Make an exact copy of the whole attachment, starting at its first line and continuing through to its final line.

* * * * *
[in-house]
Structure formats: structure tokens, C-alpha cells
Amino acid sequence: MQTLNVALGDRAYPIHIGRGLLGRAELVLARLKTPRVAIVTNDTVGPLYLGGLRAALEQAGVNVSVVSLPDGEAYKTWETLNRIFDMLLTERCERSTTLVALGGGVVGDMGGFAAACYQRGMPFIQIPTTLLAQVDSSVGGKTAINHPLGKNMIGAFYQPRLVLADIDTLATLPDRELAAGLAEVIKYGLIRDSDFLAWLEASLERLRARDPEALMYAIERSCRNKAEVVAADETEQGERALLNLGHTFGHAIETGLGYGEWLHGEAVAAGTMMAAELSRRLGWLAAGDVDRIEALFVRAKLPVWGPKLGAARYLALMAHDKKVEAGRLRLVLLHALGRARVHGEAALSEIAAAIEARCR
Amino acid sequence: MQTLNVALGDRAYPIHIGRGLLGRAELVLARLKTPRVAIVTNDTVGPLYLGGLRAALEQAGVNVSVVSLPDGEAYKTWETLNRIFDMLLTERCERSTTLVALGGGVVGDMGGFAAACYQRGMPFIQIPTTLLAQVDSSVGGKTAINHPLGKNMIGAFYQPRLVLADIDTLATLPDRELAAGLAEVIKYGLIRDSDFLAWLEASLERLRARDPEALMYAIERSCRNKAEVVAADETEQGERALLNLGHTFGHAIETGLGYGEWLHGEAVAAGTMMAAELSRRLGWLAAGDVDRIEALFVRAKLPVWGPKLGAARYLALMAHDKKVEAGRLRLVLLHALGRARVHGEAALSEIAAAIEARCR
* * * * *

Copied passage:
[in-house]
Structure formats: structure tokens, C-alpha cells
Amino acid sequence: MQTLNVALGDRAYPIHIGRGLLGRAELVLARLKTPRVAIVTNDTVGPLYLGGLRAALEQAGVNVSVVSLPDGEAYKTWETLNRIFDMLLTERCERSTTLVALGGGVVGDMGGFAAACYQRGMPFIQIPTTLLAQVDSSVGGKTAINHPLGKNMIGAFYQPRLVLADIDTLATLPDRELAAGLAEVIKYGLIRDSDFLAWLEASLERLRARDPEALMYAIERSCRNKAEVVAADETEQGERALLNLGHTFGHAIETGLGYGEWLHGEAVAAGTMMAAELSRRLGWLAAGDVDRIEALFVRAKLPVWGPKLGAARYLALMAHDKKVEAGRLRLVLLHALGRARVHGEAALSEIAAAIEARCR
Amino acid sequence: MQTLNVALGDRAYPIHIGRGLLGRAELVLARLKTPRVAIVTNDTVGPLYLGGLRAALEQAGVNVSVVSLPDGEAYKTWETLNRIFDMLLTERCERSTTLVALGGGVVGDMGGFAAACYQRGMPFIQIPTTLLAQVDSSVGGKTAINHPLGKNMIGAFYQPRLVLADIDTLATLPDRELAAGLAEVIKYGLIRDSDFLAWLEASLERLRARDPEALMYAIERSCRNKAEVVAADETEQGERALLNLGHTFGHAIETGLGYGEWLHGEAVAAGTMMAAELSRRLGWLAAGDVDRIEALFVRAKLPVWGPKLGAARYLALMAHDKKVEAGRLRLVLLHALGRARVHGEAALSEIAAAIEARCR